Dr. Sauro Succi holds a degree in Nuclear Engineering from the University of Bologna and a PhD in Plasma Physics from the EPFL, Lausanne, Switzerland. He has held a research staff position at the IBM European Center for Scientific and Engineering Computing, Rome. Till 2018 he served as a Director of Research at the Istituto Applicazioni Calcolo of the Italian National Research Council in Rome and he is also a Research Associate of the Physics Department of Harvard University and a regular Visiting Professor at the Institute of Applied Computational Science at the School of Engineering and Applied Sciences of Harvard University. Since 2019 he is a senior research executive and principal investigator at the Center for Life Nanosciences of the Italian Institute of Technology at La sapienza, Rome.

He has published extensively on a broad range of topics in computational statistical physics, including thermonuclear plasmas, fluid turbulence and combustion, micro and nano-biofluidics, as well as quantum-relativistic flows.

He is the author of the highly cited monograph ”The lattice Boltzmann equation for fluid dynamics and beyond”, (Oxford Univ. Press, 2001) and ”The
Lattice Boltzmann Equation for Complex States of Flowing Matter” (OUP, 2018).

Dr. Succi is an elected Fellow of the American Physical Society (1998), a member of the European Physical Society and an elected member of the
Academia Europaea (2015). He has received the Humboldt Prize in physics (2002), the Killam Award of the the University of Calgary (2005) and the Raman Chair of the Indian Academy of Sciences (2011). In 2017, he has been awarded a European Research Council Advanced Grant on computational design of mesoscale porous materials. He is the recipient of the 2017 APS Aneesur Rahman Prize for Computational Physics for seminal contributions to the development and application of the Lattice Boltzmann method and the 2019 Bernie J. Alder CECAM prize for exceptional contributions to the microscopic simulation of matter.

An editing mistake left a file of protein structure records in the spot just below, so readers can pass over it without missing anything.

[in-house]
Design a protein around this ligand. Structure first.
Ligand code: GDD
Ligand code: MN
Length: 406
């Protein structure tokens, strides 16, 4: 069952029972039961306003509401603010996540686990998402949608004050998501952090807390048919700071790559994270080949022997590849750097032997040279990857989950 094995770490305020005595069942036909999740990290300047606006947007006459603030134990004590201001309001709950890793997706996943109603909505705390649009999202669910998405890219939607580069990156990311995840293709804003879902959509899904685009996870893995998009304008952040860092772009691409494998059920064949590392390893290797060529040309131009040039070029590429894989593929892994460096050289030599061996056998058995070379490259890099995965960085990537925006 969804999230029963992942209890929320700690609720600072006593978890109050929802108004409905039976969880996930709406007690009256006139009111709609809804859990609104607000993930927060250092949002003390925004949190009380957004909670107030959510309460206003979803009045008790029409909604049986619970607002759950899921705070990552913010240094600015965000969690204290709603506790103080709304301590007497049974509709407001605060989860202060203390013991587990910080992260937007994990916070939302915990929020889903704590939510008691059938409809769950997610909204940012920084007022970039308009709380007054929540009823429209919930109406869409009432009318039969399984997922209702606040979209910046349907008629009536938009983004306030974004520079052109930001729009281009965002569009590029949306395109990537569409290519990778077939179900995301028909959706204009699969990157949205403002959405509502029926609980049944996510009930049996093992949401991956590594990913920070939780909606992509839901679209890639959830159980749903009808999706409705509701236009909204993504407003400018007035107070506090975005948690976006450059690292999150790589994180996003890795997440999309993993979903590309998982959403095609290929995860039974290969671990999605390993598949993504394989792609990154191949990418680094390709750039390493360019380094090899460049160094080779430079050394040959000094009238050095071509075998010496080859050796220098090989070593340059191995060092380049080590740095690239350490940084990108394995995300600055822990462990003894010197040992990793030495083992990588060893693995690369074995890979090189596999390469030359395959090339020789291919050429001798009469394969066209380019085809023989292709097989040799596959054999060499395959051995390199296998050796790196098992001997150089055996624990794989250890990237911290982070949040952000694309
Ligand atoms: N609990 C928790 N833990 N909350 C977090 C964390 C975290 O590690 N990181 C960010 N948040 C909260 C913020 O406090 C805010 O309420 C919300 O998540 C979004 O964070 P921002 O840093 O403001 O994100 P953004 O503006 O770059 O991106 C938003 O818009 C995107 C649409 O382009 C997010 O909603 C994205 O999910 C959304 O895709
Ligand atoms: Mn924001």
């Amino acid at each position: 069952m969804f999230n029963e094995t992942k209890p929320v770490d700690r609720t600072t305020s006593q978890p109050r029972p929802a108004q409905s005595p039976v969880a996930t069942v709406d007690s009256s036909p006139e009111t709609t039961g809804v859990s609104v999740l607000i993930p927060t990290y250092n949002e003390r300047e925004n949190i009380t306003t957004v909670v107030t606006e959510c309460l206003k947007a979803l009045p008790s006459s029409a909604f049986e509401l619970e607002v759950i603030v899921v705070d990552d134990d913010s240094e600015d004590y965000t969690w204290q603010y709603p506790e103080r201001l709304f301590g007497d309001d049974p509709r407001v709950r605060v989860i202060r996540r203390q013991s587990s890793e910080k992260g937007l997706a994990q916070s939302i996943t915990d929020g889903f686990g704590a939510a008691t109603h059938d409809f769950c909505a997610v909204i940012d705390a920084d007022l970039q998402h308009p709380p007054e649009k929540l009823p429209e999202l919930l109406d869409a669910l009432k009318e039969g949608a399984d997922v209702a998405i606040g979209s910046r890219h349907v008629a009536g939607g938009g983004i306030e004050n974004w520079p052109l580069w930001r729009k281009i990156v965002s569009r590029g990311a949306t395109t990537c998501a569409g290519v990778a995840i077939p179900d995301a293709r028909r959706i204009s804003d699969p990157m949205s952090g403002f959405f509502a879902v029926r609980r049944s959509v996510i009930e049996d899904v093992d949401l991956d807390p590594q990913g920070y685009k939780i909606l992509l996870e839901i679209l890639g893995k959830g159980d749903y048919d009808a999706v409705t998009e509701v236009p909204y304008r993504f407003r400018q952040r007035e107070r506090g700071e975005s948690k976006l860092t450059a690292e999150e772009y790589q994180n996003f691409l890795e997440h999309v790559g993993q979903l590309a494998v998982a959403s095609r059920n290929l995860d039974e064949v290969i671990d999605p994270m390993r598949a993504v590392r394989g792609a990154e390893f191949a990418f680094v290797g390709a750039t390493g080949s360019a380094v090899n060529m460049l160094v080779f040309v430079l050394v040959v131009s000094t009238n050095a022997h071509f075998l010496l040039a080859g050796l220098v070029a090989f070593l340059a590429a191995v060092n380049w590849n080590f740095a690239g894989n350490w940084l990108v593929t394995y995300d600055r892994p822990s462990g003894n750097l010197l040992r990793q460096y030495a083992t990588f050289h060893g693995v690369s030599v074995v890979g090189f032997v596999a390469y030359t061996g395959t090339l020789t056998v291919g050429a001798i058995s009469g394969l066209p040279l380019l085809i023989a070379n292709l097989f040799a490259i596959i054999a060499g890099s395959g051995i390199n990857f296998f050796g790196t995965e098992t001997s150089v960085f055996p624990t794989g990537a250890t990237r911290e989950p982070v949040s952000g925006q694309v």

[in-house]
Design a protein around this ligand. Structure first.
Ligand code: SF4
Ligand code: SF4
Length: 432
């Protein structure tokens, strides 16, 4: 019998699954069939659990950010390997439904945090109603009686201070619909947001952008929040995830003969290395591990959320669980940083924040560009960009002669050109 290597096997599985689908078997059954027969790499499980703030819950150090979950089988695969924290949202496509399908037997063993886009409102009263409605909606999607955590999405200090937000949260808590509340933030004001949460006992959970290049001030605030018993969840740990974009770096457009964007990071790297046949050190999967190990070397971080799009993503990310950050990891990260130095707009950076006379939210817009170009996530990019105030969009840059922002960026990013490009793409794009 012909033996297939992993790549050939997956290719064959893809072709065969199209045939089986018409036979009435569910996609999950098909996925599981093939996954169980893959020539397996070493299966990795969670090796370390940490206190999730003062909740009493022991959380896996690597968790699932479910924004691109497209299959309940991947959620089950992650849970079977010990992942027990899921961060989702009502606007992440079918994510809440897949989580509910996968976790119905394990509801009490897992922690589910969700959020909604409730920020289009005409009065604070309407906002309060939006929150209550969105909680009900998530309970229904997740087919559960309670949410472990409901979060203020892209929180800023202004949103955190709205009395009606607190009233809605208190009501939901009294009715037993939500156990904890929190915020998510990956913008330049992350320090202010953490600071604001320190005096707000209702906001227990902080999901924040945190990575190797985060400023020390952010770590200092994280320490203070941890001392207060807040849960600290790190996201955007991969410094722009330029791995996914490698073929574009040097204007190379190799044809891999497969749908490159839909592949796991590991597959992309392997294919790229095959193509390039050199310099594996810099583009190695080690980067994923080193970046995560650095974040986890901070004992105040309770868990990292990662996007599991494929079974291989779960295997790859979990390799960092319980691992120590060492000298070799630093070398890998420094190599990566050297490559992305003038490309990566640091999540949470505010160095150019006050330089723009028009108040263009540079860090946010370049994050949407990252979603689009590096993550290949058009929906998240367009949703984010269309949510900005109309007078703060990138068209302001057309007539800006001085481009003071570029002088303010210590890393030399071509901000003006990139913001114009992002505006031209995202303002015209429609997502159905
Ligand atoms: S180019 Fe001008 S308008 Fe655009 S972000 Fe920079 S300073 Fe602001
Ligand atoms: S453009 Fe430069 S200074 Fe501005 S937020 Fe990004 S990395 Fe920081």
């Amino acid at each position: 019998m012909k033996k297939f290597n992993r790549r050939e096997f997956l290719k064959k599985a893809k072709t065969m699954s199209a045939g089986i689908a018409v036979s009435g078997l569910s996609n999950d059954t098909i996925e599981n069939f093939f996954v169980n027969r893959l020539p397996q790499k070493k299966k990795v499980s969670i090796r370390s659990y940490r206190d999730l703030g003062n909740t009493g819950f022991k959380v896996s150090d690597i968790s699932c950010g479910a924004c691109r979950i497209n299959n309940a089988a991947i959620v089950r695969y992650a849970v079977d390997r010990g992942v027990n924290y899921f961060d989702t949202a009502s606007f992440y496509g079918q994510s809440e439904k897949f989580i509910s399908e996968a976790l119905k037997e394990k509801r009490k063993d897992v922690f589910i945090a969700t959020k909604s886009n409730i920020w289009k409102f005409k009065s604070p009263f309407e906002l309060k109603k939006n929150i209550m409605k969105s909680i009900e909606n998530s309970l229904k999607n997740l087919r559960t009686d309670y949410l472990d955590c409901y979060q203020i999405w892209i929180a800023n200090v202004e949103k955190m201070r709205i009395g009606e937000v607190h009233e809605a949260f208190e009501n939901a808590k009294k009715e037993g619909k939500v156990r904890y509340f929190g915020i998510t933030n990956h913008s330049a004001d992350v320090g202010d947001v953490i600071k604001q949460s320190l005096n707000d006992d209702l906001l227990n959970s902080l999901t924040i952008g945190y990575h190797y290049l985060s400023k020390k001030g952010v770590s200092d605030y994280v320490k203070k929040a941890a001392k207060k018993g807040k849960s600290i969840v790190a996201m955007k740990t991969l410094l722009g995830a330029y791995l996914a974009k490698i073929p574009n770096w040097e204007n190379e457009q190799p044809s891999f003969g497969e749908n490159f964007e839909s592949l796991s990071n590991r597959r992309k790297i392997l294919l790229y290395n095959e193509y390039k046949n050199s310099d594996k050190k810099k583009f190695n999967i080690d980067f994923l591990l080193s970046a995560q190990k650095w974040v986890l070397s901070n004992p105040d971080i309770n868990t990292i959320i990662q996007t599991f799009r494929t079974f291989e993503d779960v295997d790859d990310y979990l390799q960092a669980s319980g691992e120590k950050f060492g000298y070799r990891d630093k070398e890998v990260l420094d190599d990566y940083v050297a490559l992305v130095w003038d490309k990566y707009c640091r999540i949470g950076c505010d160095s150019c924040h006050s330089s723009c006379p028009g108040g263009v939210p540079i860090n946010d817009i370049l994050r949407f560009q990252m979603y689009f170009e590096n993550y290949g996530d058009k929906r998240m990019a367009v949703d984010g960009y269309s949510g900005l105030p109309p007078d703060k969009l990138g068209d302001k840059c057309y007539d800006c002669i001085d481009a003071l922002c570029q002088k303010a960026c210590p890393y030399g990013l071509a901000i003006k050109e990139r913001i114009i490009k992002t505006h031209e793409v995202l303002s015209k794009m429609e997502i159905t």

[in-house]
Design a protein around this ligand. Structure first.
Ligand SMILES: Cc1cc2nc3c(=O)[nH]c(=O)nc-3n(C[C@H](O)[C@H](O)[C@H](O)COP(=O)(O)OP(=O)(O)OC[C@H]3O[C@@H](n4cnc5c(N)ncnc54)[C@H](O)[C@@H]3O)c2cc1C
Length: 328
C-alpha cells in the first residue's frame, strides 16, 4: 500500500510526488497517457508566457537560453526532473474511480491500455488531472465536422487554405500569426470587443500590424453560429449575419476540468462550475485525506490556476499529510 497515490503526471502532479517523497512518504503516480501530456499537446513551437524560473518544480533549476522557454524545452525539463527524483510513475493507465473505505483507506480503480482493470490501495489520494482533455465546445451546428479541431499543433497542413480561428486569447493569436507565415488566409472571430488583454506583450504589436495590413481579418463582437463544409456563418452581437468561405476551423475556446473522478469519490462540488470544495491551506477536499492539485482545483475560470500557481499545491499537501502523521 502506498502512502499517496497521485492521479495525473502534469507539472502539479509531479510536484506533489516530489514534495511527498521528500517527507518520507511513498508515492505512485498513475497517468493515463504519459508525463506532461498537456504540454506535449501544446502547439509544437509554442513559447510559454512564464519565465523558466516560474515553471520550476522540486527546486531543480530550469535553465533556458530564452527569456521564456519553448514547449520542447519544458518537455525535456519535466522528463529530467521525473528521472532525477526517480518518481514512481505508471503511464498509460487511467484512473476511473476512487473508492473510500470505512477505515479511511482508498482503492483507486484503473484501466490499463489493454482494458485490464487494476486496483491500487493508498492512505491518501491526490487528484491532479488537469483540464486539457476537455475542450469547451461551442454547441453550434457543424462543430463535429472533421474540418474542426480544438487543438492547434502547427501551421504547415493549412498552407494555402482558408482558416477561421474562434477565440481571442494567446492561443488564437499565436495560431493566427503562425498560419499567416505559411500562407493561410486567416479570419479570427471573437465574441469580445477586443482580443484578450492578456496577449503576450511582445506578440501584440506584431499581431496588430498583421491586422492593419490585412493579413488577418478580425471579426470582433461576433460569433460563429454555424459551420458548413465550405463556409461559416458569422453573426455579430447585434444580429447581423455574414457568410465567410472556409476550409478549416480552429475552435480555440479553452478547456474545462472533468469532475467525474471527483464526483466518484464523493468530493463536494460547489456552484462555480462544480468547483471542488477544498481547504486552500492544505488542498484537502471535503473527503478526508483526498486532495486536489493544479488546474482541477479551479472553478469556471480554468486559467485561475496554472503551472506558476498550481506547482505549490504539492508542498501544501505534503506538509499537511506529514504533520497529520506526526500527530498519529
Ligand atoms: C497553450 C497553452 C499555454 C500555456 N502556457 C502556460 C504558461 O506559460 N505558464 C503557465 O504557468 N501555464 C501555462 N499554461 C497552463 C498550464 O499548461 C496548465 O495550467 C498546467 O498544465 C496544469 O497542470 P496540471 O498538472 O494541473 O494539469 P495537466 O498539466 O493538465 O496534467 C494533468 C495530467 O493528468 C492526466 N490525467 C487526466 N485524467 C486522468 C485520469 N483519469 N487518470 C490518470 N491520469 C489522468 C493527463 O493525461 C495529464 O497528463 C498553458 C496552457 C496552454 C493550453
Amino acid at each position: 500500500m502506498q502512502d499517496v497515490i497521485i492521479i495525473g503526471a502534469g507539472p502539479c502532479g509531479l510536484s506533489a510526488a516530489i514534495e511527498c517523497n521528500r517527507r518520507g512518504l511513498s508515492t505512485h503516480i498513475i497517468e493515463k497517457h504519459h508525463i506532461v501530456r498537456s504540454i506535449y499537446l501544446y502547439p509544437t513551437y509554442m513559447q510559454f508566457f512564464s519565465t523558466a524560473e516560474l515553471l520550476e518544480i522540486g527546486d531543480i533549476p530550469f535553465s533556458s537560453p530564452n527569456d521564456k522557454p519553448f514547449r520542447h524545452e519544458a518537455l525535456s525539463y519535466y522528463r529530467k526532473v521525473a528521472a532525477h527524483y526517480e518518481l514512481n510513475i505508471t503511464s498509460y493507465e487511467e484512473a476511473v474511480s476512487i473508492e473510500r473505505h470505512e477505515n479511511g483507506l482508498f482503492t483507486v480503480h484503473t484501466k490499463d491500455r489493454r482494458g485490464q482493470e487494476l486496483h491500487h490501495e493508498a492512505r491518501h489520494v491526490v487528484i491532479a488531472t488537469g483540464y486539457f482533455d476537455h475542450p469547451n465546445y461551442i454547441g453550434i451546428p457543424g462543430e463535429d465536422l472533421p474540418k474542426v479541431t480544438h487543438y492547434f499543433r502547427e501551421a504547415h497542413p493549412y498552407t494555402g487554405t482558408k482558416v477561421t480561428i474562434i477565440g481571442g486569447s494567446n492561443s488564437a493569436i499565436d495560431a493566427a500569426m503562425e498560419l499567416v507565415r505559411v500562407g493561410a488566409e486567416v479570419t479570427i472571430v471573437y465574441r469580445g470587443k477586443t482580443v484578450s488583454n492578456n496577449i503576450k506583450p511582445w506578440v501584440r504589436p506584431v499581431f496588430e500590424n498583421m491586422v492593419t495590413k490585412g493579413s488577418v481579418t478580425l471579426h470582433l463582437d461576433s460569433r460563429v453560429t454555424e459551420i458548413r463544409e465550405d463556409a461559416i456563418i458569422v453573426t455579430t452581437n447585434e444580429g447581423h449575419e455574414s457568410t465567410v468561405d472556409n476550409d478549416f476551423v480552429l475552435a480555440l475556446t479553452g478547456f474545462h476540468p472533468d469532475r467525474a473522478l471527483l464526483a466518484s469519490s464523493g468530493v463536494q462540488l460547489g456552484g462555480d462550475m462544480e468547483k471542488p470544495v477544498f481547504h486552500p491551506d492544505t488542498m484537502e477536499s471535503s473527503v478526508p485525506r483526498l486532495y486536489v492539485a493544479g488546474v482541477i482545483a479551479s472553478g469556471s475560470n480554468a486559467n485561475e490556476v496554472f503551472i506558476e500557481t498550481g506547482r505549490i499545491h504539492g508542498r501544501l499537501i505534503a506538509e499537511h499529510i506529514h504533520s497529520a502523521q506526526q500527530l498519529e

Prof M. Ziad Saghir is a Professor at Ryerson University and Canada’s most experienced reduced-gravity researcher. He is Canada’s top performer at leveraging departmental and provincial research funds with national (NSERC, CSA) and international funding agencies to pursue Canadian space science objectives onboard the International Space Station (ISS). His talent as a space scientist and university educator is consistently requested by the international space physical science mission community. He leads a group of very strong graduate students and post-docs that come from academia and industry, with interest in and application to deep hydrocarbon reservoirs. His innovation is recognized internationally through consistent invitations from European researchers that identify him as applying the maximum knowledge gained from long-duration gravity-driven phenomena in fluid physics to industrial processes. He has been PI or Co-I of Foton-M2 and M3 SCCO recoverable satellite missions (2007), the ISS SODI-IVIDIL (2009) and DSC (2010) missions, the ISS SODI-DCMIX mission (2011-15), and was the national coordinator of the CSA discipline working group on the role of gravity in metals and alloys. Canada’s contribution to the SODI-DCMIX mission is to clarify the role of gravity on the movement of hydrocarbons across temperature gradients-important knowledge for Canada’s deep oil reservoir sector (Hybernia Oil field and Northern exploration of oil reservoir deposits). Over the past decade, Prof. Saghir has been working in collaboration with TOTAL and researchers in France to apply innovation to benefit Canada’s competitiveness in hydrocarbon extraction from oil reservoirs, a top priority of the Federal Government. He has published over 200 scientific journal paper related to energy. He is currently the chair of the International conference on Thermal Engineering (www.ictea.ca).


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